Levels of dangerous campylobacter bacteria on fresh chicken in UK grocery stores are continuing to fall, latest Food Standards Agency (FSA) figures show.

The figures for October to December 2017 show that on average, across the market, 4.5% of chickens tested positive for the highest level of contamination - those carrying more than 1,000 colony forming units per gram of campylobacter.

In the previous quarter (July to September 2017) that figure was 5.14%, also down on the previous three months.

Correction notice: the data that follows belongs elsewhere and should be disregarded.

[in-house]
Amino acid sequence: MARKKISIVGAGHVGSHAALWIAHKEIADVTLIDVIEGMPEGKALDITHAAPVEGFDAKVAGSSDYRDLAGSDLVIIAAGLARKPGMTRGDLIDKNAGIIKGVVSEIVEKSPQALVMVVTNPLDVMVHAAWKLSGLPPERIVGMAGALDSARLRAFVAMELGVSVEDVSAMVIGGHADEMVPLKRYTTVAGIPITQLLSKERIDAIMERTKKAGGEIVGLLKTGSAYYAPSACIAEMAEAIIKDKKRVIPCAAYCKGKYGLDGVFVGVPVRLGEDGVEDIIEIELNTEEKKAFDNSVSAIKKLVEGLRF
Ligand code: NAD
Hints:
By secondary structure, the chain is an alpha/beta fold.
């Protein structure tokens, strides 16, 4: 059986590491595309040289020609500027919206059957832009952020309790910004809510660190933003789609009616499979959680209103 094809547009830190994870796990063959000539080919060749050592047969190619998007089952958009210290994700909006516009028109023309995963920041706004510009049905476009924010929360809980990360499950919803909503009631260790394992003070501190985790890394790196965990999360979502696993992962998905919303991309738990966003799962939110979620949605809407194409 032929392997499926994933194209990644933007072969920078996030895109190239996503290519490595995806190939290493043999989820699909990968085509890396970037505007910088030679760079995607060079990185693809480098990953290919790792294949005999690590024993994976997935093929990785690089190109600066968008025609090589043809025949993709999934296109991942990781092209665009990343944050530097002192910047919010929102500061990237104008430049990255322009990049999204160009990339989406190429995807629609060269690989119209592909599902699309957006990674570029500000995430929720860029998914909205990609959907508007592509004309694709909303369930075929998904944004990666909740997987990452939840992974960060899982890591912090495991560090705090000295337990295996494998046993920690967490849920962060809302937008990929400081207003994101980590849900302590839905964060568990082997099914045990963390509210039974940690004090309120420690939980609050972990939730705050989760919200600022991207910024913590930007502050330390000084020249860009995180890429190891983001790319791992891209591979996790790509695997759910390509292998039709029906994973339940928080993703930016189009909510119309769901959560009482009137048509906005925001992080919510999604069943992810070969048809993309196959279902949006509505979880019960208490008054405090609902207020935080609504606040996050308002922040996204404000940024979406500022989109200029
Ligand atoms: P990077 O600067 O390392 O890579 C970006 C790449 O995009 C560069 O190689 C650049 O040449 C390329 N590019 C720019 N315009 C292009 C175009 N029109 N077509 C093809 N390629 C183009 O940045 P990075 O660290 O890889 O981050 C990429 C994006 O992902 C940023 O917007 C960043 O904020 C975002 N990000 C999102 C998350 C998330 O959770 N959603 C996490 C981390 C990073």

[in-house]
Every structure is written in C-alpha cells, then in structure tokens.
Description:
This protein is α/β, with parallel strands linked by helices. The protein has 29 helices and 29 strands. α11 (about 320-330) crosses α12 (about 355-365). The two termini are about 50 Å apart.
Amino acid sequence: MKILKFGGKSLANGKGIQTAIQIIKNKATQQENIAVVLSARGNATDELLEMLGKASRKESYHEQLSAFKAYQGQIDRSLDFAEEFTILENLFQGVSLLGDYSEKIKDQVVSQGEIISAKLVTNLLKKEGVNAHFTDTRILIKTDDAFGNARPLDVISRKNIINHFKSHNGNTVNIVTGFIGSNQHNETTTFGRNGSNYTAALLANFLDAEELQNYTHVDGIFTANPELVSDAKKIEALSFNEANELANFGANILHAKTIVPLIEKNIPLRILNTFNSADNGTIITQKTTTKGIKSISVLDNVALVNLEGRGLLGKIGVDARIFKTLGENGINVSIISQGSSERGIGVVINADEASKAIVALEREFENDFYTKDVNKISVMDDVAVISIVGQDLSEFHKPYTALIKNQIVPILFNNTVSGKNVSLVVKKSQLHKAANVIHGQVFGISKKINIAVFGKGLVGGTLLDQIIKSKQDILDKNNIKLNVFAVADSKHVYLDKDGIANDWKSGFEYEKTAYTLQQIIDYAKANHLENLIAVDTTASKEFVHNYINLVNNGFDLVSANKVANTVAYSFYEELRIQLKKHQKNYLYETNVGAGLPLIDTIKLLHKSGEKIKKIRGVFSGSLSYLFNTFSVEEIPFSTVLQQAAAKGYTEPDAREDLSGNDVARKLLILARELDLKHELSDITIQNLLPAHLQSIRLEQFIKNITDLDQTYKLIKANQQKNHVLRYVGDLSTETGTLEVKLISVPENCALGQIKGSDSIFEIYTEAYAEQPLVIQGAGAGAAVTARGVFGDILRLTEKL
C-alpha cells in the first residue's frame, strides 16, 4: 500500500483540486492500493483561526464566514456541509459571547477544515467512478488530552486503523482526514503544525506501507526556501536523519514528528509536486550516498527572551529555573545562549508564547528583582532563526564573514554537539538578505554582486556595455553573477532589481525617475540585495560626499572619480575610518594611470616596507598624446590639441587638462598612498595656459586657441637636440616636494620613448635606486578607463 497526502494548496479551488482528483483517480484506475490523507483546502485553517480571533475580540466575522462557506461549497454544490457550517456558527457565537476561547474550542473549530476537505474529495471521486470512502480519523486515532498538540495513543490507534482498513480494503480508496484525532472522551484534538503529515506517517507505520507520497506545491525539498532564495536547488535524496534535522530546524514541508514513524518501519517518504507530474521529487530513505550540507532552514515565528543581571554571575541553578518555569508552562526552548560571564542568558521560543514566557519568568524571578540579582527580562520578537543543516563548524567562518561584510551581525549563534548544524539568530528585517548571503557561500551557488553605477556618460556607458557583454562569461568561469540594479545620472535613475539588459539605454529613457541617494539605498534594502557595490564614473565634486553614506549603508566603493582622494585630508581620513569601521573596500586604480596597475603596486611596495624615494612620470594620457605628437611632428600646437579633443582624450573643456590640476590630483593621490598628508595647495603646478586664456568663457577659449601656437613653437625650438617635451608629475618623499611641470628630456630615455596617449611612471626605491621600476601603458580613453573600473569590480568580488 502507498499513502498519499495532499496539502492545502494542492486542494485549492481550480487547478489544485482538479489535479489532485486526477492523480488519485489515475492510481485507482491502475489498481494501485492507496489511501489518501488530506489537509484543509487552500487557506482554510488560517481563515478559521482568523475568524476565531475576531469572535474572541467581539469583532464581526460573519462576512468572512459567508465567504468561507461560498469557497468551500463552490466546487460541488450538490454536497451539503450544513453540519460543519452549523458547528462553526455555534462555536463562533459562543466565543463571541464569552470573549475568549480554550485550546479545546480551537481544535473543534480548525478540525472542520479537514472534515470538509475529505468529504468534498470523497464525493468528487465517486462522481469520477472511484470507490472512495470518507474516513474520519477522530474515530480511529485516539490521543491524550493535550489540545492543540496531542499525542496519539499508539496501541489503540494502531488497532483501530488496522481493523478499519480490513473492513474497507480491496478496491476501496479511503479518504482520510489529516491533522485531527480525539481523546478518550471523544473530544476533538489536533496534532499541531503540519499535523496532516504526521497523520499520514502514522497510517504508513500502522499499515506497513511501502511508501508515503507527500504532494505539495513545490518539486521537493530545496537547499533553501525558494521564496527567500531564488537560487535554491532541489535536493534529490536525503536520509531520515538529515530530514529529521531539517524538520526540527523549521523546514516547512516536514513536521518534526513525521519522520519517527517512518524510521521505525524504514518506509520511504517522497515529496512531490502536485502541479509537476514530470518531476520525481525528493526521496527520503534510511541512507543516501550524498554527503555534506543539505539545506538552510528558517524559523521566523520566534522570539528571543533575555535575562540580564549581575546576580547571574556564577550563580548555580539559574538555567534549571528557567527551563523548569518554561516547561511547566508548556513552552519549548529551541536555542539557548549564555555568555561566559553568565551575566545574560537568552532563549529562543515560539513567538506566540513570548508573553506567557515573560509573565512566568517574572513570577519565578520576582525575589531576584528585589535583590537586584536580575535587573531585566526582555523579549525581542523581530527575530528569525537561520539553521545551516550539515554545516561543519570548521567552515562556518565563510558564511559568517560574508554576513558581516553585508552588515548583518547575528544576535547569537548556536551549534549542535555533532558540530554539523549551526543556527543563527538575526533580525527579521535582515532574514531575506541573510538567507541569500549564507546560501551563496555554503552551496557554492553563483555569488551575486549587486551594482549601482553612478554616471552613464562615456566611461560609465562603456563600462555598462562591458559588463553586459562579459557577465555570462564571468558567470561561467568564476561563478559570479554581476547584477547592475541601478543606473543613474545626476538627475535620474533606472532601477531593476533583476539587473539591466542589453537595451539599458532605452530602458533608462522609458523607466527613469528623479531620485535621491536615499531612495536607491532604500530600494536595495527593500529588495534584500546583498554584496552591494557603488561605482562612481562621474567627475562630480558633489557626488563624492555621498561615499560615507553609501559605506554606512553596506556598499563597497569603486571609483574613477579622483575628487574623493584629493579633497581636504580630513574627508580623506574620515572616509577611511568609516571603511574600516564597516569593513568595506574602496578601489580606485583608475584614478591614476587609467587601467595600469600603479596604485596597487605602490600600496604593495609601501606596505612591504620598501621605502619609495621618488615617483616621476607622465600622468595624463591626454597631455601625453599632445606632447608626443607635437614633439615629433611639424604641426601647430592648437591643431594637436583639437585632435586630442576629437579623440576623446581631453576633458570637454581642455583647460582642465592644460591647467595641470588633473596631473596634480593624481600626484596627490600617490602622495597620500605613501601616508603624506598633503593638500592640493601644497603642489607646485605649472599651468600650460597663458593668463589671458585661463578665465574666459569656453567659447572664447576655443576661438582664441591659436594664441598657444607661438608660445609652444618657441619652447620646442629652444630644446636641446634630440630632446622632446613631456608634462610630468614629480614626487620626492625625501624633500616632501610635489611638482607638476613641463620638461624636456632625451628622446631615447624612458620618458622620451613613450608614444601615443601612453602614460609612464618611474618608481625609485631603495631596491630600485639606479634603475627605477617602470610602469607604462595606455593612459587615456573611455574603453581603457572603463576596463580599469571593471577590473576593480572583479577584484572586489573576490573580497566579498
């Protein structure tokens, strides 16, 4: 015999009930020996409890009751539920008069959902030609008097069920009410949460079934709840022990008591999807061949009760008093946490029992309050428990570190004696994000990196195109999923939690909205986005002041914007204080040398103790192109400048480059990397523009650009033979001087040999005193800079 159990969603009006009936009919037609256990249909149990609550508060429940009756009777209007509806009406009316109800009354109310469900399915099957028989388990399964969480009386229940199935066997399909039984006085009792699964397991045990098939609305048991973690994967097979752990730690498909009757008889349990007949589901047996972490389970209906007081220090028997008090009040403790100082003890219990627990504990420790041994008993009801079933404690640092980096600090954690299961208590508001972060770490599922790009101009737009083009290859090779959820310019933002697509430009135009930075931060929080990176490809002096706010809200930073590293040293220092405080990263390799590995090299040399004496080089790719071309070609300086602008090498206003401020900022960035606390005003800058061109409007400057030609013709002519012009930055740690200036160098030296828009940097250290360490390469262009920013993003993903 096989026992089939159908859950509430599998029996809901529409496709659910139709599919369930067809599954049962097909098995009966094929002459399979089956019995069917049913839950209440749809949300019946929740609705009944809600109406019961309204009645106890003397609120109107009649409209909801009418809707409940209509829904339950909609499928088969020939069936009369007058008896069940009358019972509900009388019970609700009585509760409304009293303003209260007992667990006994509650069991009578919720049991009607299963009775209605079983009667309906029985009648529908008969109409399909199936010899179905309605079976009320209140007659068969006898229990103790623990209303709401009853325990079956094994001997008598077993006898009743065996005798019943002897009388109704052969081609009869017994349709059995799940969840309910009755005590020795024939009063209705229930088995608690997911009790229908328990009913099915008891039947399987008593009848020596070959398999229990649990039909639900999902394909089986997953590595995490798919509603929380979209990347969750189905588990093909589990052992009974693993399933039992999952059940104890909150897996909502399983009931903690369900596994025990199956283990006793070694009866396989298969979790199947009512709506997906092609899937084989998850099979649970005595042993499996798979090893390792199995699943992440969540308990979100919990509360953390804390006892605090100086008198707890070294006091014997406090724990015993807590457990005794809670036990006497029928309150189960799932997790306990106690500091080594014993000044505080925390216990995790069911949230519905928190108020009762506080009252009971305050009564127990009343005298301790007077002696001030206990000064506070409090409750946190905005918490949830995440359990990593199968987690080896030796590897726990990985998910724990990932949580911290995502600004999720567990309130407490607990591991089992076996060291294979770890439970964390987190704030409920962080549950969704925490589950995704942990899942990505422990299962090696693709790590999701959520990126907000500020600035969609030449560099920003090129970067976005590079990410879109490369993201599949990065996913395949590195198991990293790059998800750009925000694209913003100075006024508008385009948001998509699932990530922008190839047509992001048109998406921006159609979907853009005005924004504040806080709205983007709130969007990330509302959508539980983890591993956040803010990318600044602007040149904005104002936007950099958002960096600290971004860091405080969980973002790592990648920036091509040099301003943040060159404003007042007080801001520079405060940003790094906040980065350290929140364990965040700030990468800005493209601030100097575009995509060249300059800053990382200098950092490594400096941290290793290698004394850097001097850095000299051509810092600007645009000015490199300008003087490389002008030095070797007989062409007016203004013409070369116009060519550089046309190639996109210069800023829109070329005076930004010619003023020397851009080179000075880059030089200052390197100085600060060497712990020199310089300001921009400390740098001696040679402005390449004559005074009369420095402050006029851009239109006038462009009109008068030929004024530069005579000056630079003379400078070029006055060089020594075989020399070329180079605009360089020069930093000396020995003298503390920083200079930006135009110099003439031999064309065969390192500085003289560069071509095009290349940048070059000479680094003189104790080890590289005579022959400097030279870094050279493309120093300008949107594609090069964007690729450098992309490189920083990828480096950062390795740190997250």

Samples are taken from the UK’s “top nine” grocery retailers including Tesco, Asda, Sainsbury’s and Waitrose as well as discounters Aldi and Lidl, and The Co-operative Group. 

The Co-op’s latest set of results for October to December 2017 showed that 0% of its chickens tested positive for the highest levels of contamination.

The Co-op has invested in a number of measures to reduce contamination on the farm and in the supply chain and was the first retailer to introduce leak-proof roast-in-bag packaging across its fresh whole chicken range.

Michael Wight, director of policy and science at the FSA said: “It’s good to see that levels of campylobacter found continue on a downward trend. We will continue to monitor the results and procedures of the major retailers and encourage them to maintain the significant progress made so far.”